Note:Symantec purchased the PC Tools Security portfolio and retired PC Tools Spyware Doctor, PC Tools Spyware Doctor with AntiVirus, and PC Tools Internet Security on May 18, 2013.
Of the six stand-alone products we reviewed for our October 2007
issue’s antispyware feature, “Die, Spyware, Die!” PC Tools’ Spyware
Doctor 5.0 was the clear winner, outperforming the competition at
detecting and removing our test set of adware and spyware samples.
That performance, combined with solid features and support, earned
the program our Best Buy distinction.
In tests performed by AV-Test.org, Spyware Doctor did a better
job of identifying and uprooting adware than spyware. It detected
81 percent of our inactive adware samples and all ten actively
running adware samples, and it successfully removed the files and
Registry entries of almost all of the active adware samples. With
spyware, however, Spyware Doctor spotted only 27 percent of our
inactive banking-related spyware specimens and 43 percent of
password-stealing spyware. It detected all of our active spyware
samples except the password-stealing Trojan PSW.Maran. However, it
cleaned up only 70 percent of spyware files and Registry
Spyware Doctor held up well in behavior-based detection tests,
too, detecting additions to HKCU and HKLM ‘Run’ Registry keys (many
malware threats target these) and preventing adware and spyware
programs from changing Internet Explorer Search and Start pages. On
the other hand, it didn’t detect AV-Test.org’s changes to the Hosts
file, which spyware can manipulate to redirect you to a malicious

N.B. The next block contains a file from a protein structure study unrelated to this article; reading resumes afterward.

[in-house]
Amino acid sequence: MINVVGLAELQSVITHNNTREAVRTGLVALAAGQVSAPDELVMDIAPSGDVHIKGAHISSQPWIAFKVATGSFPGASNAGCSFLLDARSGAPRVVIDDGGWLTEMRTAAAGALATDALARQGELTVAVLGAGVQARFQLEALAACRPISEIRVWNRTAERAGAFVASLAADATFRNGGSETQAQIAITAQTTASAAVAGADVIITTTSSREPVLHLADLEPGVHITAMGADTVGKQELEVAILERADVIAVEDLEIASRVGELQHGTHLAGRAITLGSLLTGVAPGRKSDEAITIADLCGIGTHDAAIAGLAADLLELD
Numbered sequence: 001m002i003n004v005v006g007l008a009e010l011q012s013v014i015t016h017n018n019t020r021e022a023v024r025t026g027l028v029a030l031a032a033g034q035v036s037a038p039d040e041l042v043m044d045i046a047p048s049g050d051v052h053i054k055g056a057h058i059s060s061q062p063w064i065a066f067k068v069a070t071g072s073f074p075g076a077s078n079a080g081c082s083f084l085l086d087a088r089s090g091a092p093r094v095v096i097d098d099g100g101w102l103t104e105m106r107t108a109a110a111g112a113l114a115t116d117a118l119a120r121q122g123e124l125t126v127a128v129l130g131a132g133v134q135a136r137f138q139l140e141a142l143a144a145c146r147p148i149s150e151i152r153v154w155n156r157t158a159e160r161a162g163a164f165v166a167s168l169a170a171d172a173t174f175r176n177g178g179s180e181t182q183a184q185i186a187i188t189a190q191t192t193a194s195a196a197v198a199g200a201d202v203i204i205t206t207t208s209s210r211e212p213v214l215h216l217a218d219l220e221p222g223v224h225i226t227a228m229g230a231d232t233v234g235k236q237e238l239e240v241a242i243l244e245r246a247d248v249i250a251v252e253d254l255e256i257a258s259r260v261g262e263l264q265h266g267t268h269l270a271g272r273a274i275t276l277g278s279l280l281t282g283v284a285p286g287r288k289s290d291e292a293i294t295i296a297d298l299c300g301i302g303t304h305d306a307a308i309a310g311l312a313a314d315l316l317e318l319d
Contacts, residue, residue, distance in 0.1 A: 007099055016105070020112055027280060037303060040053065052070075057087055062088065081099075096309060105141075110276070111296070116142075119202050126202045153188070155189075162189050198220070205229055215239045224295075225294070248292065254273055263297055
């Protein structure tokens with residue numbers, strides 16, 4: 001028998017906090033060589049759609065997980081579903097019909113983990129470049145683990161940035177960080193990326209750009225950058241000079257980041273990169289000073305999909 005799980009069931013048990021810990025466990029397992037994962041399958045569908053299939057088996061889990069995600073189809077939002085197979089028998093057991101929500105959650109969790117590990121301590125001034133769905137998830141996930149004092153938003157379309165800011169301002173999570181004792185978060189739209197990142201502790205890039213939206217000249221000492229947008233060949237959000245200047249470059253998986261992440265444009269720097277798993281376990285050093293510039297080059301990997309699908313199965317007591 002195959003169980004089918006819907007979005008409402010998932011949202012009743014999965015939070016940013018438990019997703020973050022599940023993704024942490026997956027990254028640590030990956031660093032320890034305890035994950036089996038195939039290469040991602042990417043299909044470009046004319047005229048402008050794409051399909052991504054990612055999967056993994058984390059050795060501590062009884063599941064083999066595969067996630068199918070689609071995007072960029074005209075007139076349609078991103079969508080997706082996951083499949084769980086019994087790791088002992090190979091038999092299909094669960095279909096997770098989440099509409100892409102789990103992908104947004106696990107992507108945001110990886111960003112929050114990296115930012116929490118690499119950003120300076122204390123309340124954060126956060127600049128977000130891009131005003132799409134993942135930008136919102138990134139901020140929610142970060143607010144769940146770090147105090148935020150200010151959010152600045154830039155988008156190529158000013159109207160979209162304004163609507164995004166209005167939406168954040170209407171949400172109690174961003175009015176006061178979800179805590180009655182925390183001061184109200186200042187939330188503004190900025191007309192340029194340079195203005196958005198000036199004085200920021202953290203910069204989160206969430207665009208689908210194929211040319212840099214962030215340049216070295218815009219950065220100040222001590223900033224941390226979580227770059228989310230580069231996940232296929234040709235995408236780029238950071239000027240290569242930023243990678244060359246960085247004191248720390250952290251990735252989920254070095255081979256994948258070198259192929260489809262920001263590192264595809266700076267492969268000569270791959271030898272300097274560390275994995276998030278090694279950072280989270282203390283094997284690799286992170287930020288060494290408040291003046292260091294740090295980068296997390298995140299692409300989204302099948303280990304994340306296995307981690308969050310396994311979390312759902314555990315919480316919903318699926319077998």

Three big buttons let you scan your PC for threats, clean up any
problems the software finds, and activate real-time threat
detection (it’s on by default). The settings could use a little
tweaking, however. By default, Spyware Doctor does not schedule
system scans or turn on antirootkit protection; the latter decision
serves to speed up scanning and to minimize false positives.
(Incidentally, Spyware Doctor found eight of the nine inactive
rootkits in our detection tests.) We also didn’t like Spyware
Doctor’s penchant for flagging innocuous ad-tracking cookies as
“infections;” on our brand-new Windows Vista test machine, the
overzealous Doctor diagnosed 387 “infections” that turned out to be
cookies from Google, The New York Times, and other reputable Web
This program was the only one of the six we examined that
provided basic, blacklist-based antiphishing protection (for
Internet Explorer and for Firefox). Another positive was PC Tools’
around-the-clock toll-free telephone support for U.S. customers
alongside e-mail and Web-based support. For an extra $10, Spyware
Doctor offers antivirus protection, which we did not test for this
If you’re looking for comprehensive, easy-to-use adware and
spyware protection, and you don’t mind paying for it, we recommend
—- Ryan Naraine
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